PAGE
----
In the past 48 hours, as the press focused on Comeygate and the renewed discussion of Hillary Clinton’s emails, Donald Trump reiterated one of the most consistent and abhorrent policy proposals in his policy-phobic campaign: to bring back waterboarding, the Bush-era torture technique that is both morally indefensible and scientifically proven to be ineffective and counterproductive in the fight against terrorism.

Rallying Sunday in Albuquerque, New Mexico, Trump lamented the Obama administration’s opposition to using this now-infamous “enhanced interrogation” method as part of combating ISIS. “We want peace through strength,” he said. “We don’t want to be in wars, but these savages are chopping off heads, drowning people in steel cages, burying people in the sand. This is medieval times. This is medieval times. And then we can’t do waterboarding, it’s far too tough, you know.”

He added, We have to be tough and we have to be smart and we have to be, in some cases, pretty vicious.”

Trump has been arguing for reviving torture for at least a year now. Last November, The Guardian reported from a Columbus, Ohio rally, where he said, “Would I approve waterboarding? You bet your ass I would. In a heartbeat. I would approve more than that. It works.” He then added, “If it doesn’t work, they deserve it anyway for what they do to us,” presumably referring to terrorism suspects—people who haven’t even been convicted.

This is the politics of “violence as policy,” to borrow a phrase from MSNBC reporter Benjy Sarlin’s comprehensive analysis of Trump’s vengeance published Monday. It’s what we’ve come to expect from a candidate who said of a protester, “I’d like to punch him the face,” and calls on supporters to “knock the crap out of” hecklers. This is the man who, when asked to cite his favorite Bible verse, chose “an eye for an eye”—which, as The Washington Times notes, “Jesus specifically repudiated.”

Trump may offer few specifics on most policy issues—many of his policy staffers quit in August after he declined to pay them—but the details he does describe, the ideas on which he’s been consistent in the campaign, are horrific. Some of them are illegal. Many would result in violence. And they, not Clinton’s emails or even Trump’s, should be the focus of voters’ attention in the last week of this race.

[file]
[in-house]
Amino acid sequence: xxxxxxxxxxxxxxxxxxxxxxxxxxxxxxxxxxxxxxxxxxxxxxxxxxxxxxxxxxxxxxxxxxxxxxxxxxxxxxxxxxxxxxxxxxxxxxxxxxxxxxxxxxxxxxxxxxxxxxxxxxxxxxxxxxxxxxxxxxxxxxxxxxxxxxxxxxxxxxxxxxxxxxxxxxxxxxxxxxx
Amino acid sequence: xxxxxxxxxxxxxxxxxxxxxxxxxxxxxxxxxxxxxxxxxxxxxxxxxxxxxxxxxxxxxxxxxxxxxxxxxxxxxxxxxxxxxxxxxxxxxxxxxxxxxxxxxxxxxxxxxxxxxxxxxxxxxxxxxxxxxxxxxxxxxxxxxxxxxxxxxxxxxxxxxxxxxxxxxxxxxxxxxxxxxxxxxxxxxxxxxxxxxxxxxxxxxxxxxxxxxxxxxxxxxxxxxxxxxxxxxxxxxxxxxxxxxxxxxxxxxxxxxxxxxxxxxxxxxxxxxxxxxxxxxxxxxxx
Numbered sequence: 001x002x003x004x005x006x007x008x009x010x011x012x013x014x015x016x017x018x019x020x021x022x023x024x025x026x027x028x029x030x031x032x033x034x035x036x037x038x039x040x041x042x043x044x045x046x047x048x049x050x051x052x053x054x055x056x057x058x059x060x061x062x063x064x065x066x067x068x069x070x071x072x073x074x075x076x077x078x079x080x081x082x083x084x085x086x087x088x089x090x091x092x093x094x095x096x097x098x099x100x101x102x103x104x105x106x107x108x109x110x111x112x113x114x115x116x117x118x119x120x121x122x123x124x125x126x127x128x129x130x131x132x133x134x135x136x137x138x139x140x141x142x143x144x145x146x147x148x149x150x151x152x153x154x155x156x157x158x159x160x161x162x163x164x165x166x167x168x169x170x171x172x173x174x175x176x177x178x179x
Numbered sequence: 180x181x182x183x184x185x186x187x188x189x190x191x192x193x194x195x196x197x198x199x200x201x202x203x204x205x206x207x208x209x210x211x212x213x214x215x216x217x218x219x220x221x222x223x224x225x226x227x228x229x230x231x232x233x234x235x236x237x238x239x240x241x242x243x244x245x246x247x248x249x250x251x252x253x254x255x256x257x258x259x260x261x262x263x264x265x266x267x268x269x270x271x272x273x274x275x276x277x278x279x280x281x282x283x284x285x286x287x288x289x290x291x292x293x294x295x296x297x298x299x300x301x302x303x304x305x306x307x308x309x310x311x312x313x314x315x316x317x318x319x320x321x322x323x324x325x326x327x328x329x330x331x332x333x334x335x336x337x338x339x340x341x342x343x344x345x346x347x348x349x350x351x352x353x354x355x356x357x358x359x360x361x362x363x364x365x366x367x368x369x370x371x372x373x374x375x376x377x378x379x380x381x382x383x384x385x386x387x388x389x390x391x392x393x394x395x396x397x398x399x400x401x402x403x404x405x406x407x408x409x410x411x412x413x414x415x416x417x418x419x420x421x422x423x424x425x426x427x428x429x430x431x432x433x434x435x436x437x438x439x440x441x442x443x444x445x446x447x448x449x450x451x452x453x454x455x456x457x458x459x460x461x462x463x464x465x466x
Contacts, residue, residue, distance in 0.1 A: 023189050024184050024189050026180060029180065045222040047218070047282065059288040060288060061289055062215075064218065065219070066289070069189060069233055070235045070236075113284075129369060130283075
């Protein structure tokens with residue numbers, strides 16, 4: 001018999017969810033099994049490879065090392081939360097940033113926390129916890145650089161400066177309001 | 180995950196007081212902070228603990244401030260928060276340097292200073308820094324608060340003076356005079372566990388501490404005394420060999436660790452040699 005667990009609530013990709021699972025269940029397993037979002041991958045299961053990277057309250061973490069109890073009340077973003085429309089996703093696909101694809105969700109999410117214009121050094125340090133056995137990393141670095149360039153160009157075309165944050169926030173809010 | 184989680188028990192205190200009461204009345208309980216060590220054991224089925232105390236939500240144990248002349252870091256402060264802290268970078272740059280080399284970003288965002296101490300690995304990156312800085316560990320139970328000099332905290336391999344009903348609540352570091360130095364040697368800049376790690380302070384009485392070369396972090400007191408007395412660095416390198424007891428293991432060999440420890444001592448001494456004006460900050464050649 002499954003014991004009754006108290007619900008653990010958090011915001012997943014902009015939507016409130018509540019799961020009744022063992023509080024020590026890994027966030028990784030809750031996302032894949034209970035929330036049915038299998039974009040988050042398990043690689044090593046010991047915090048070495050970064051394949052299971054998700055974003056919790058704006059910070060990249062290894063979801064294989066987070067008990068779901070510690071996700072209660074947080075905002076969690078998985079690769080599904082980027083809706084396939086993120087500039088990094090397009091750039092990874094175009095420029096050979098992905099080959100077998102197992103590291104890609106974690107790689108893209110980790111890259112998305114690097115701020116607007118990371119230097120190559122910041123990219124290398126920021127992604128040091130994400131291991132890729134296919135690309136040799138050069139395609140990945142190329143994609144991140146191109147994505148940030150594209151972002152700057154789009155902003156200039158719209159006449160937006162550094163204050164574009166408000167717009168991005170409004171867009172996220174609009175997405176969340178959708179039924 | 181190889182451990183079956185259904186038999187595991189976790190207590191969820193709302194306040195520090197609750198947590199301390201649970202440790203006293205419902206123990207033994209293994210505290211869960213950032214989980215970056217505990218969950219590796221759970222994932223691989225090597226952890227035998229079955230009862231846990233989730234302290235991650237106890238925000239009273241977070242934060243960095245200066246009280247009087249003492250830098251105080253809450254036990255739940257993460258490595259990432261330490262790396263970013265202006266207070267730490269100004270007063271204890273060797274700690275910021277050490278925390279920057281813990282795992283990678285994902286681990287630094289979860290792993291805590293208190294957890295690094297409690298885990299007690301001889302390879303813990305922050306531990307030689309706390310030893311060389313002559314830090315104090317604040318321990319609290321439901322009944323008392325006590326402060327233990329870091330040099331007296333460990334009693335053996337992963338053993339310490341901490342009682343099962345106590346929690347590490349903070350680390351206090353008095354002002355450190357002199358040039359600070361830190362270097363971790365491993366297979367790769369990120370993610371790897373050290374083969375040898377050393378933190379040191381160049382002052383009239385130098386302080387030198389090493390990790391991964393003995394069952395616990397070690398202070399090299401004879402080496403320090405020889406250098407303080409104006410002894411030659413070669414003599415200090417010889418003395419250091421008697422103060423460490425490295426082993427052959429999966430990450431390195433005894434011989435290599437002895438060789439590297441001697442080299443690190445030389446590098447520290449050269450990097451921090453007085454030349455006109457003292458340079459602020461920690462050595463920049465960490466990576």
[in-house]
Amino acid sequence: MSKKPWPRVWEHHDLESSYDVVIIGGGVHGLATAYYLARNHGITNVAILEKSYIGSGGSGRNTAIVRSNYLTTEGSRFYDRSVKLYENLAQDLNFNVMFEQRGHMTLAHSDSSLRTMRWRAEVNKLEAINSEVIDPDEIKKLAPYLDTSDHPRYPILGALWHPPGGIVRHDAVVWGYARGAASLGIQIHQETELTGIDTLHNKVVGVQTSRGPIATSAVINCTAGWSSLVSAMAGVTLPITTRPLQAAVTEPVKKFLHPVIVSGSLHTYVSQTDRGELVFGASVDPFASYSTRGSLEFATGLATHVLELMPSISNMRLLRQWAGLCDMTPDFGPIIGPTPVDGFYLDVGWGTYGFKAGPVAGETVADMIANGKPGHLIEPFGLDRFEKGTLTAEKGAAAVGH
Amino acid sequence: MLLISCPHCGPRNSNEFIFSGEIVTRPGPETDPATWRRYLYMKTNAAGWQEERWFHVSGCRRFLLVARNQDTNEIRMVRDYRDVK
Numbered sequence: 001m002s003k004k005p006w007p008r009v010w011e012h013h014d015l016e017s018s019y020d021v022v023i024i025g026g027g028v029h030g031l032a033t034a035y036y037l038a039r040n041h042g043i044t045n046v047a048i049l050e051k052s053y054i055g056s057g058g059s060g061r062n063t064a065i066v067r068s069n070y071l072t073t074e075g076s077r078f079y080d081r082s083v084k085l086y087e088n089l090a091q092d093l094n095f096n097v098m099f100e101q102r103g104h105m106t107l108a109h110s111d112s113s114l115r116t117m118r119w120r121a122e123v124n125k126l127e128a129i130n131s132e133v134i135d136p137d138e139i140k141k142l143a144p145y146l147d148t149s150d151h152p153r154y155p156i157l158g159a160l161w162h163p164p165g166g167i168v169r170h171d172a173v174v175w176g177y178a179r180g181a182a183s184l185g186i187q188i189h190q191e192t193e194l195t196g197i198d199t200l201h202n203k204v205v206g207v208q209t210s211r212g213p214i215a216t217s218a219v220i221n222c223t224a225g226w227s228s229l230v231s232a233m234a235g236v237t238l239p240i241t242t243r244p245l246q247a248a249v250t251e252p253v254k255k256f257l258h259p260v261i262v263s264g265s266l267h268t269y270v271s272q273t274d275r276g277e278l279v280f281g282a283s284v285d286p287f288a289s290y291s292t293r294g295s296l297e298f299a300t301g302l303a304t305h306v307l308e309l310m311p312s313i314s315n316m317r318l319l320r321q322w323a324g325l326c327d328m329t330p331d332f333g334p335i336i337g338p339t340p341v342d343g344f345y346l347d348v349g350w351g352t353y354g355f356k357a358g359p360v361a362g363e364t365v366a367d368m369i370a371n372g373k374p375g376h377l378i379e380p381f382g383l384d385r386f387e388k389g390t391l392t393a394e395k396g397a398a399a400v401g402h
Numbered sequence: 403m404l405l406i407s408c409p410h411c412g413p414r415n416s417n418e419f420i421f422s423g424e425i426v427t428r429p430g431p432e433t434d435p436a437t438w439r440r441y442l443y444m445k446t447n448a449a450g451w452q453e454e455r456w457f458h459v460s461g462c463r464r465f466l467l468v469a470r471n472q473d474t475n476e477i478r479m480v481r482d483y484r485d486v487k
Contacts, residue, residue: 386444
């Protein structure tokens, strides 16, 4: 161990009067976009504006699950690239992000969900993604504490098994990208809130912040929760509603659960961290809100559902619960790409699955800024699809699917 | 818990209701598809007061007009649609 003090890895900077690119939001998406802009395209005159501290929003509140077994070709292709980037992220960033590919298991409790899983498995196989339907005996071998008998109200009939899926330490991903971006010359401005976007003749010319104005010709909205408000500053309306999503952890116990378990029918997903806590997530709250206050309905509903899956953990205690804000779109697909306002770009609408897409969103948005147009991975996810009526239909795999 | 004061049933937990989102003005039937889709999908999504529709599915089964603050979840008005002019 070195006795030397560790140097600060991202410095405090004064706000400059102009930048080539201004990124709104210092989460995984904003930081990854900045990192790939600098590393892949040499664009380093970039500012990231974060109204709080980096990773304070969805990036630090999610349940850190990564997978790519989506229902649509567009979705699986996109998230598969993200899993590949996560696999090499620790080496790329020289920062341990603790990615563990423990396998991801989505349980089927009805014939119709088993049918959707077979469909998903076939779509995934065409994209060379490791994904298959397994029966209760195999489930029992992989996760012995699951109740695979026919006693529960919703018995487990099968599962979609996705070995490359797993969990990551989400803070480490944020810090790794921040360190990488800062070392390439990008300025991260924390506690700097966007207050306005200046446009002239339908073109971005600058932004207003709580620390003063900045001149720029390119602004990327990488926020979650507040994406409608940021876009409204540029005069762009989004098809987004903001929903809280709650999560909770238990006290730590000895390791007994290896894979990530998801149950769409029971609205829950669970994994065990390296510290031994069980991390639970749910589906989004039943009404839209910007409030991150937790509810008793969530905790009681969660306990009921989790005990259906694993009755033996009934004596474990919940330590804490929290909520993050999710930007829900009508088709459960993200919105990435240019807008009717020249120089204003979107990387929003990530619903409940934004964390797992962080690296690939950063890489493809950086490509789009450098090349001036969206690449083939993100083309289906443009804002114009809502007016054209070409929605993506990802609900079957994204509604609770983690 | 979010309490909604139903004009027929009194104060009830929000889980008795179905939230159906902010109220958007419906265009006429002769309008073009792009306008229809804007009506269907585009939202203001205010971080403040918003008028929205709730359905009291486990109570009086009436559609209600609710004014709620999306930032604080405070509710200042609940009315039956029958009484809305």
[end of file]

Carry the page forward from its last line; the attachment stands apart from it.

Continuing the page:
As The Washington Post noted last week, “Trump often makes contradictory statements or speaks in vague terms that leave room for interpretation.” Still, some of his policy stances, like his position on waterboarding, are crystal clear.

In a policy speech on immigration two months ago, Trump announced a plan that would, according to the Post, target at least 5 million and as many as 6.5 million undocumented immigrants for swift removal, or about half of the 11 million estimated to be living in the United States. And he left open the possibility that he would seek to deport many more as well.” Trump made clear in his speech that it might not end there: “Anyone who has entered the United States illegally is subject to deportation.”

Trump has given himself some leeway on a few of the most egregious policies he has pitched. His proposed Muslim ban—“a total and complete shutdown of Muslims entering the United States until our country’s representatives can figure out what the hell is going on”—is now a plan for “extreme vetting” of people coming into the country from certain countries. After saying that “with the terrorists, you have to take out their families”—which would be a war crime—Trump later insisted, “I didn’t say kill. We have to go after them.” An exhaustive list by NBC News reporter Jane Timm shows that Trump similarly has backed away from other outrageous ideas like supporting “some form of punishment” for women who have abortions.

Even so, Americans are faced with a candidate who endorsed these ideas earlier this year and continues to promote policies that are downright dangerous. It’s not exactly clear, for instance, where Trump stands on nuclear weapons. Would he use them against ISIS? In Europe? Does he really not care if more countries develop nukes? It’s clear he wants to be “unpredictable” and “never take cards off the table”—that’s scary enough.

Several recent studies confirmed the sorry state of issue-oriented news coverage in this campaign—that the media prioritizes polls over policy and sensationalism over substance. It’s a shame, not just in its failure to convey Clinton as much more knowledgable but because Trump’s policies are every bit as damning as his behavior.

“They say Donald does not have any policies,” Clinton said in her comedy routine at the Al Smith dinner. “I would like to defend him on this. Donald has issues, serious issues. Really, really serious issues.”

She was joking about his temperament. But Trump does have several really, really serious policy issues, and they’re the most horrifying aspect of his candidacy.